If Olympic athletes can be stripped of medals that were procured illegally — in most cases, the result of admitting years later to steroid use or, in the case of Chinese gymnasts, after their birth certificates are verified — why can’t an NFL player have a post-season honor taken away?

Because, apparently, those who do the voting don’t think it’s that big a deal.

The Associated Press’ can-o-worms decision to hold a re-vote on its NFL Defensive Rookie of the Year award, after post-voting discovery that the recipient went against league policy and was found with a banned substance in his system, could have made a serious statement. But it didn’t.

Instead, Houston Texans linebacker Brian Cushing found out today that it didn’t matter what he put in his body. The former USC star was still liked enough by a panel of 50 AP voters. The 18 first-place votes he received five days after he was suspended without pay for four games because he violated the NFL’s policy on performance-enhancing drugs last year may have been fewer than the 39 he got the first time, but it was enough.

Enough to make you wonder: What was the point of that exercise?

One voter was not available to cast a ballot, and two voters abstained. So in all, 19 voters switched away from Cushing to another player. Do the math — that means one actually voted for Cushing after originally picking runner up Jairus Byrd, the Buffalo Bills safety. Byrd, again, finished second, but this time, only five votes out of the lead instead of 33.


Cushing did lose his spot on the AP’s All-Pro second team, for which he originally had five votes and now has just one. But is that as big a deal?

Some AP voters explained themselves:

Dan Pompei of the Chicago Tribune: “If Brian Cushing had come out with a plausible excuse as to why he failed a test for prohibited substances, he could have kept his defensive rookie of the year award as far as I was concerned. But his silence was deafening, disturbing and damning.” Switched vote.

Charean Williams of the Fort Worth Star-Telegram and president of the Pro Football Writers of America: “If I had known in January when we initially voted that Brian Cushing had tested positive for a banned substance, I might not have voted for him. However, Cushing won the award in January, and I don’t feel like we should revise history. I am concerned about the precedent.” Didn’t switch.

John McClain of the Houston Chronicle: “In good conscience, I couldn’t not vote for him after voting for Julius Peppers in 2002 knowing he’d tested positive (and won the same award), and for Kevin Williams on the All-Pro team knowing he’d tested positive (in the StarCaps case). I also believe taking the award from Cushing would have opened up a Pandora’s box when it came to players and awards. I think the AP should make it a rule that a player who tests positive is going to be subjected to a revote.” Didn’t switch.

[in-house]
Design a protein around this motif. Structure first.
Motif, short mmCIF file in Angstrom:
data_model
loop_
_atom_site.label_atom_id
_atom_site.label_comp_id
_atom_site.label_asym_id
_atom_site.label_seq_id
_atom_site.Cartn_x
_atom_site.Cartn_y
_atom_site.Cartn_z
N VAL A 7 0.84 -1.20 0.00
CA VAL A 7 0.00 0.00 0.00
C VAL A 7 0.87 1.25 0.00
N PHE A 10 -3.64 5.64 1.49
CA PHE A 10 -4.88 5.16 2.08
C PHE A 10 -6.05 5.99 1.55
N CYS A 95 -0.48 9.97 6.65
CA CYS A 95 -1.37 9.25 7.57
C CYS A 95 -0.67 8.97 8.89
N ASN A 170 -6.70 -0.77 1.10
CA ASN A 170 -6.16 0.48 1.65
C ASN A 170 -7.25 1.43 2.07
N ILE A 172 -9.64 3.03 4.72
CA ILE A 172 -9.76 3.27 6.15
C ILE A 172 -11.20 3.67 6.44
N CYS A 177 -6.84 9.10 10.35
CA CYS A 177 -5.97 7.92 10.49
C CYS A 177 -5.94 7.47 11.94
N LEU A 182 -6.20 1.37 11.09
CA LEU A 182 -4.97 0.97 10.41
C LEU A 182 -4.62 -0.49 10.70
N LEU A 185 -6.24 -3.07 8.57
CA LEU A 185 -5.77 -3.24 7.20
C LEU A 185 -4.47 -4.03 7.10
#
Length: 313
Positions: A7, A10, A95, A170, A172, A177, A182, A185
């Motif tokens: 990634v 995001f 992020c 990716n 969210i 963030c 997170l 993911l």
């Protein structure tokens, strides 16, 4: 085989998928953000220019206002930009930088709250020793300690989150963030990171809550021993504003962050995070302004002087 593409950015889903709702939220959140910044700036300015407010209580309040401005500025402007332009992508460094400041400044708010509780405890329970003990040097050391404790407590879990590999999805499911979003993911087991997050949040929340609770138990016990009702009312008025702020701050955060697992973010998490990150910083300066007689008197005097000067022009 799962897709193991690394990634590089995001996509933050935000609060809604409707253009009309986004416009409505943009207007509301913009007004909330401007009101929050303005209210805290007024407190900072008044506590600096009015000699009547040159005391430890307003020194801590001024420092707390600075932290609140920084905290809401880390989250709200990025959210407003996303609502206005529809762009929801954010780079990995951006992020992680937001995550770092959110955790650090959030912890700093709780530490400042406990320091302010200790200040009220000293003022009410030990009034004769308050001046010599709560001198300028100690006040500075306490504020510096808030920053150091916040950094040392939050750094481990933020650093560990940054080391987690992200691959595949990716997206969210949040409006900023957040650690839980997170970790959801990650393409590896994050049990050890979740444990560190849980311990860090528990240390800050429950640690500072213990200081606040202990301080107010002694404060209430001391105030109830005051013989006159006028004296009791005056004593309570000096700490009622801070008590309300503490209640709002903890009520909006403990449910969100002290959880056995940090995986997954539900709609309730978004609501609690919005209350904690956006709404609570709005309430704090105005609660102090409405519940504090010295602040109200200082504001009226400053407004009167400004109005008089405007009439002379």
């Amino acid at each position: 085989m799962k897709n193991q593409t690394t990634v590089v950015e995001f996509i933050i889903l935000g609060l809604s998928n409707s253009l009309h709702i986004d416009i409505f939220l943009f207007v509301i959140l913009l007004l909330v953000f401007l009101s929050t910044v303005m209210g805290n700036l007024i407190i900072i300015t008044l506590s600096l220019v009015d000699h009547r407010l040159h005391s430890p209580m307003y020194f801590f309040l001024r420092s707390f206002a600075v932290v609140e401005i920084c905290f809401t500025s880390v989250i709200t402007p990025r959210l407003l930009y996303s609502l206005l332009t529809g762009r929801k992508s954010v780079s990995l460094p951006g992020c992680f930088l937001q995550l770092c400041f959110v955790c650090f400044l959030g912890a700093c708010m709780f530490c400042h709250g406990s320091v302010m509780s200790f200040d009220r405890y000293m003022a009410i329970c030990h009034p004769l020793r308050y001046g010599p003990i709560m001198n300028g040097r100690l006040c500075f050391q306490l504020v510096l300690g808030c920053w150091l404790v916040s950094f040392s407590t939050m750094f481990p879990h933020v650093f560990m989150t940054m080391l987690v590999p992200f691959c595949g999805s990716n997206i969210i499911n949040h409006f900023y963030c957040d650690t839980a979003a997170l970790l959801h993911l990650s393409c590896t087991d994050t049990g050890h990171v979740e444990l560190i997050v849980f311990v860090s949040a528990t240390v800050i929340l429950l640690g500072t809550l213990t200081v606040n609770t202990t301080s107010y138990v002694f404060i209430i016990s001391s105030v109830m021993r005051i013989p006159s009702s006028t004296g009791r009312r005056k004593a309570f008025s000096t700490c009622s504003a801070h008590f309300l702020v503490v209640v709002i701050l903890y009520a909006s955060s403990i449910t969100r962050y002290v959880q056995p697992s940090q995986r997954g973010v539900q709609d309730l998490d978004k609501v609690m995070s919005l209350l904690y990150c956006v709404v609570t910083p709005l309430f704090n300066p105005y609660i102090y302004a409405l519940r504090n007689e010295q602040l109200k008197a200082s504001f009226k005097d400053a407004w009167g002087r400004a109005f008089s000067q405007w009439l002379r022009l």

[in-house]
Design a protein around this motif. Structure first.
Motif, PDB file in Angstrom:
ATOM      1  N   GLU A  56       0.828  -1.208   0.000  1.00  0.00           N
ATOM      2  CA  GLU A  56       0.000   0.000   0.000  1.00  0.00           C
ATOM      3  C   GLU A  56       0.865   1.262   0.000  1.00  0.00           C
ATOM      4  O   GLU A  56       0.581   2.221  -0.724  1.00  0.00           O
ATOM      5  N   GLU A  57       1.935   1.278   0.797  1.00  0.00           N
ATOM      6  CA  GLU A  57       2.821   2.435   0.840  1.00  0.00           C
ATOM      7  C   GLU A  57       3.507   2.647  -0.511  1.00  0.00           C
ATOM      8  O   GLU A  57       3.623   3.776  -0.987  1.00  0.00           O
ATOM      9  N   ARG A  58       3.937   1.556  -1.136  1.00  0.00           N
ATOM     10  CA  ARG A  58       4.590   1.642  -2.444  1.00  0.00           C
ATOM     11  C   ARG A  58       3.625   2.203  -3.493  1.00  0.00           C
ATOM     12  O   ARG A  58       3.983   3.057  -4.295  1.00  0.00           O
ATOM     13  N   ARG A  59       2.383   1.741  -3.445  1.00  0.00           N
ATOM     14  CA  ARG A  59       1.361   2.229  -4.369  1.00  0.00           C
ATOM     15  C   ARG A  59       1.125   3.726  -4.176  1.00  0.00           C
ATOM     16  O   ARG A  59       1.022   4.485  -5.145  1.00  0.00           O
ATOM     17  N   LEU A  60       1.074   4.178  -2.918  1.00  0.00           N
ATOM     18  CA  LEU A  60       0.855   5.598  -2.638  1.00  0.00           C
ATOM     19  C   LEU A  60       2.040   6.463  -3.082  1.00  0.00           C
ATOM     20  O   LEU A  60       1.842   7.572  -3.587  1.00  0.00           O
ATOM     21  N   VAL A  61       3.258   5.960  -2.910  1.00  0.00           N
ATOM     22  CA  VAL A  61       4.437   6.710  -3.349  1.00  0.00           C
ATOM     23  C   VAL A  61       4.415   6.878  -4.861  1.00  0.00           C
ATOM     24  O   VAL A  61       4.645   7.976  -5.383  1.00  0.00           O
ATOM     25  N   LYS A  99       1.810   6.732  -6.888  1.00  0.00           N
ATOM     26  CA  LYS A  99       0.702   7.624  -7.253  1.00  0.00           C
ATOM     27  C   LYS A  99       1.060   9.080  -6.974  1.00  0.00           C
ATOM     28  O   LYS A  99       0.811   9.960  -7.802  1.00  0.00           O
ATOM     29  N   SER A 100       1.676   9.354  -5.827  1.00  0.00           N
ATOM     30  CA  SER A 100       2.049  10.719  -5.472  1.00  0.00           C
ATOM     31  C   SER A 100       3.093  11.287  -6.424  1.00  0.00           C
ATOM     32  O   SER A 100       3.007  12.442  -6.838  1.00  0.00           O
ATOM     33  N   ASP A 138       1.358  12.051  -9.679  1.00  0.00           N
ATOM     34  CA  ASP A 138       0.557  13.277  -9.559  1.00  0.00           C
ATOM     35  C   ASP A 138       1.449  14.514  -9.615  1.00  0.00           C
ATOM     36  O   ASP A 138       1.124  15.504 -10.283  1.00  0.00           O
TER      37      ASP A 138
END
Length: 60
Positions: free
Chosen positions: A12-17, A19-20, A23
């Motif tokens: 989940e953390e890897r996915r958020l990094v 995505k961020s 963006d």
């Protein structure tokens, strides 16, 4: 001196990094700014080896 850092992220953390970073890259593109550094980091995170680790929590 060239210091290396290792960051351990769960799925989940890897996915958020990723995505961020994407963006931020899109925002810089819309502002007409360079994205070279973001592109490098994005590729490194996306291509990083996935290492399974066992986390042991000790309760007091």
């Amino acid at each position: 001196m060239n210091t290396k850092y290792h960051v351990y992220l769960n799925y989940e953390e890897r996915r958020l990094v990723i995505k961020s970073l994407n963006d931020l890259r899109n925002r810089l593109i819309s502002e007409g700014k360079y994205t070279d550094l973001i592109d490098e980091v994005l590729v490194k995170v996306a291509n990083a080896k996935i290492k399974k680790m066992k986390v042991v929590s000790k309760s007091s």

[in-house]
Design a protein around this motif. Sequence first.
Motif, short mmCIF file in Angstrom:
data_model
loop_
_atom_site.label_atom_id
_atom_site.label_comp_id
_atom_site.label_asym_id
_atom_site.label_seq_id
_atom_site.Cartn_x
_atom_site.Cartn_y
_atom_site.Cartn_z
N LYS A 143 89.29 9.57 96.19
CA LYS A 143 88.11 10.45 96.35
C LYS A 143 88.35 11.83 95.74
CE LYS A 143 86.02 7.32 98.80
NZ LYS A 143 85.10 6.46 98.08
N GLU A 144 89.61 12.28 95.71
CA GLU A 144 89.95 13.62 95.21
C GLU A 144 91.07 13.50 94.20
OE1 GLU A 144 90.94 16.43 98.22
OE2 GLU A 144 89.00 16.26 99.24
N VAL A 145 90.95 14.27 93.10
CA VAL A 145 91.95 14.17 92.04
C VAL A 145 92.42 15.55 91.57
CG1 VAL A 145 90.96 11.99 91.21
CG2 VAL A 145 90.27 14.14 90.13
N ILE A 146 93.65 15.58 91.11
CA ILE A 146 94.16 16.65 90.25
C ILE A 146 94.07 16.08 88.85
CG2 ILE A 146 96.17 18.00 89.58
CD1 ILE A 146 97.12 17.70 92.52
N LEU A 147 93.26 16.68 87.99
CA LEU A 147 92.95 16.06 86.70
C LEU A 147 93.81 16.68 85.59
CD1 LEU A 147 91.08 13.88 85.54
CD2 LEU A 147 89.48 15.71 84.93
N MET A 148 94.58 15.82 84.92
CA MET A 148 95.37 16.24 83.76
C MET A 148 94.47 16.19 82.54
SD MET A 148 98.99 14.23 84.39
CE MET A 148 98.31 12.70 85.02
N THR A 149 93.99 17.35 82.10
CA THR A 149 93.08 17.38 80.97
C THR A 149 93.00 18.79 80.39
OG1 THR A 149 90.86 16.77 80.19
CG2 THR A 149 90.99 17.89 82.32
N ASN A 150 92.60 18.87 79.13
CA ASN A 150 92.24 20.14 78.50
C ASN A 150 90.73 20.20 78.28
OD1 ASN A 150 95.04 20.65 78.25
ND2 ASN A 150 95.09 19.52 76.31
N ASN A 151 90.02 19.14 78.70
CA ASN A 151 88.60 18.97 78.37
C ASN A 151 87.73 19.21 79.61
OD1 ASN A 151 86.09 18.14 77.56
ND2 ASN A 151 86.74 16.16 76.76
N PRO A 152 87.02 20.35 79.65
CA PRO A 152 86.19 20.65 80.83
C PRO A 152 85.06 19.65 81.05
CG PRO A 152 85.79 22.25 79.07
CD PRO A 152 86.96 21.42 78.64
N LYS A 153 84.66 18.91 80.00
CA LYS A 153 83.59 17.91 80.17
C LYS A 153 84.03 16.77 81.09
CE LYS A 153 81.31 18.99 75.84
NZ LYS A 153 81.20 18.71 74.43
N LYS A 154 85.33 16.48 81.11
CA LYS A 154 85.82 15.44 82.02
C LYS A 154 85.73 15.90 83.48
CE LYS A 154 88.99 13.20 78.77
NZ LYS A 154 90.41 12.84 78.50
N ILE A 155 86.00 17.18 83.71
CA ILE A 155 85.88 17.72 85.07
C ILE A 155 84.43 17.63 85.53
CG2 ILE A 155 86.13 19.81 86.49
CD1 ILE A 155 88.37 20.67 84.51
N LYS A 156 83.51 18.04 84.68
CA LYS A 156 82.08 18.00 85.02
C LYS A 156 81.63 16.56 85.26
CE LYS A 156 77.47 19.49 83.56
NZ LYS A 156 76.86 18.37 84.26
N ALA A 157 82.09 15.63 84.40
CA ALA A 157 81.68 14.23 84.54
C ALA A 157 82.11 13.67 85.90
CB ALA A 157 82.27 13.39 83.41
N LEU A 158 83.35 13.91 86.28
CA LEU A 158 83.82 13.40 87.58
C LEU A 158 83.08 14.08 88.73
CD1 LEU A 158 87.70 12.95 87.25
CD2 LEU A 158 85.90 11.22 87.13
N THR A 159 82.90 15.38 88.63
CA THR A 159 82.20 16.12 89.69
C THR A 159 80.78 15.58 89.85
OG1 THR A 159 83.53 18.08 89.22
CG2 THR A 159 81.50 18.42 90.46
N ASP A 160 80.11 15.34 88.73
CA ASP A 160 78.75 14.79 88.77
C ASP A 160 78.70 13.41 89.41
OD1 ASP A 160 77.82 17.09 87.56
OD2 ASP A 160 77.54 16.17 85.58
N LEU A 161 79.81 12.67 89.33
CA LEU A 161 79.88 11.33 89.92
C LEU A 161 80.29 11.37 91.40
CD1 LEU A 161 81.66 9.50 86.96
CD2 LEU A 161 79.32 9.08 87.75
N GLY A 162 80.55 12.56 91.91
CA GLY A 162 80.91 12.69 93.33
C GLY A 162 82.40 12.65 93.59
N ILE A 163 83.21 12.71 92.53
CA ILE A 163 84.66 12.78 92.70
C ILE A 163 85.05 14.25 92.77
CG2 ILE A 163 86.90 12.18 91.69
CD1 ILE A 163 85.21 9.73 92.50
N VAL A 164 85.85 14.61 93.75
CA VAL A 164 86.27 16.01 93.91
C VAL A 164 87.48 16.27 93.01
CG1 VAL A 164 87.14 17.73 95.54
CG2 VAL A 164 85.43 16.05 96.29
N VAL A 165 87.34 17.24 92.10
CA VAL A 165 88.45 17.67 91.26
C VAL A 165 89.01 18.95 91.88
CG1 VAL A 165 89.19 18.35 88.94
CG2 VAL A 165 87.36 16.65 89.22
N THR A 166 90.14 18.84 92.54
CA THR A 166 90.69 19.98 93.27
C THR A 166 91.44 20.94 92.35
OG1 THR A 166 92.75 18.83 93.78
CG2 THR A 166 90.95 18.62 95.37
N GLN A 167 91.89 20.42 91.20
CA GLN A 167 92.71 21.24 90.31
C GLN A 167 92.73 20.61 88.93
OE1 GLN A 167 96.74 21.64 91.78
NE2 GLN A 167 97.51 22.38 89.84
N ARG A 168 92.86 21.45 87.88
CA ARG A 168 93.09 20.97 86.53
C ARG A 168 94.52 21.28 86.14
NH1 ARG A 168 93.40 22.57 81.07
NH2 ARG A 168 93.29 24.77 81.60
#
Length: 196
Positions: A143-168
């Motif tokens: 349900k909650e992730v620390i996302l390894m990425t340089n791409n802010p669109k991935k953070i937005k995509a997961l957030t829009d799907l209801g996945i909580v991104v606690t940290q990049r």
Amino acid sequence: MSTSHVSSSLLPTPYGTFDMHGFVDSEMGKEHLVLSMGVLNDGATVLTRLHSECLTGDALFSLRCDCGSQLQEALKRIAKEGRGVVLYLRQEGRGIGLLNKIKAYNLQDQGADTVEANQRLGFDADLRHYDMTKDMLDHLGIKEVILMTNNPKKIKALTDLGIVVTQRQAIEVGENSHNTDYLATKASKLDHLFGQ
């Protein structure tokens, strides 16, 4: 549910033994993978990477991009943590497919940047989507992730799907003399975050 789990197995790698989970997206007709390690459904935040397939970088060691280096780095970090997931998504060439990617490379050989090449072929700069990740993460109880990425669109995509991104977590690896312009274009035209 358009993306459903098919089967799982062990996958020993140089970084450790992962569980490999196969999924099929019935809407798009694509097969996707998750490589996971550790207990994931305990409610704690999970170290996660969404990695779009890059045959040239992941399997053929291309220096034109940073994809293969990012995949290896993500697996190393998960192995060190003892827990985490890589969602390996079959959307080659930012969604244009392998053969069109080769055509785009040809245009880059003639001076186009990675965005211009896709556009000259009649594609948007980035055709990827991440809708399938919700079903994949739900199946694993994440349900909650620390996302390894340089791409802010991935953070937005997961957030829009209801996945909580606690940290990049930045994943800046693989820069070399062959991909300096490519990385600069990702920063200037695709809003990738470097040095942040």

Peter King of Sports Illustrated: “Two wrongs don’t make a right. And just because Peppers’ rookie victory in 2002 wasn’t overturned … doesn’t mean you continue to make the wrong decision year after year. The precedent this sets, in my opinion, is a good one. I know I have changed my mind over the past couple of years, and won’t vote for any player who tests positive for any performance-enhancer.” Switched vote.

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Our Daily Dread: What do Lakers’ fans do in the meantime? Quick, create a diversion


Hurry up and wait doesn’t always work so well for Lakers fans with too much time on their purple-and-gold-stained hands.

The term “idle time,” in computer science, is defined as when “a piece of hardware in good operating condition is unused.” In this case, a Laker flag.

In industrial engineering, it’s the period, “during a regular work cycle when a worker is not active because of waiting for materials or instruction.” Here, it’s waiting for a TV schedule to catch up to the process.

In basketball, there’s no idle worshiping. Maybe Kobe Bryant embraces the moment to heal up injuries. Lamar Odom can reconnect with his Kardashian roots.

But for rooters of the NBA playoffs, controlled tightly by network schedules and profiteering mogels, time will tell if these six days off between the end of the Lakers-Jazz series and the start of the Lakers-Suns series is worth the wait.

Here are some suggestions on how to be productive until Monday’s Game 1 of the Western Conference finals:

== Have a rooting interest in the 2010 Miss USA pageant:

Brittany Bell, the 5-foot-8, 22-year-old from Chandler going in as Miss Arizona, is a Phoenix Suns dancer. Westlake Village’s Nicole Johnson holds the title of Miss California, succeeding the controversial Carrie Prejean, and admitting she loves gay people and has never starred in a sex tape. Although as recent as two years ago, she dated Michael Phelps.

== Organize an anti-Arizona immigration bill rally for outside Staples Center:


It’s been all the rage at Arizona Diamondbacks road games over the last couple of weeks. The Suns, aka Los Suns according to their Cinco de Mayo uniforms, are on board with those who’ve protested against the nebulous language of the state law that goes into effect in 70-something days. The backlash has already cost the Phoenix area nearly $100 million revenue from canceled conventions and events. And the 2011 MLB All-Star Game is also at risk. Go ahead. Mess with the Arizona economy.


== Gear up — and start with a new car flag: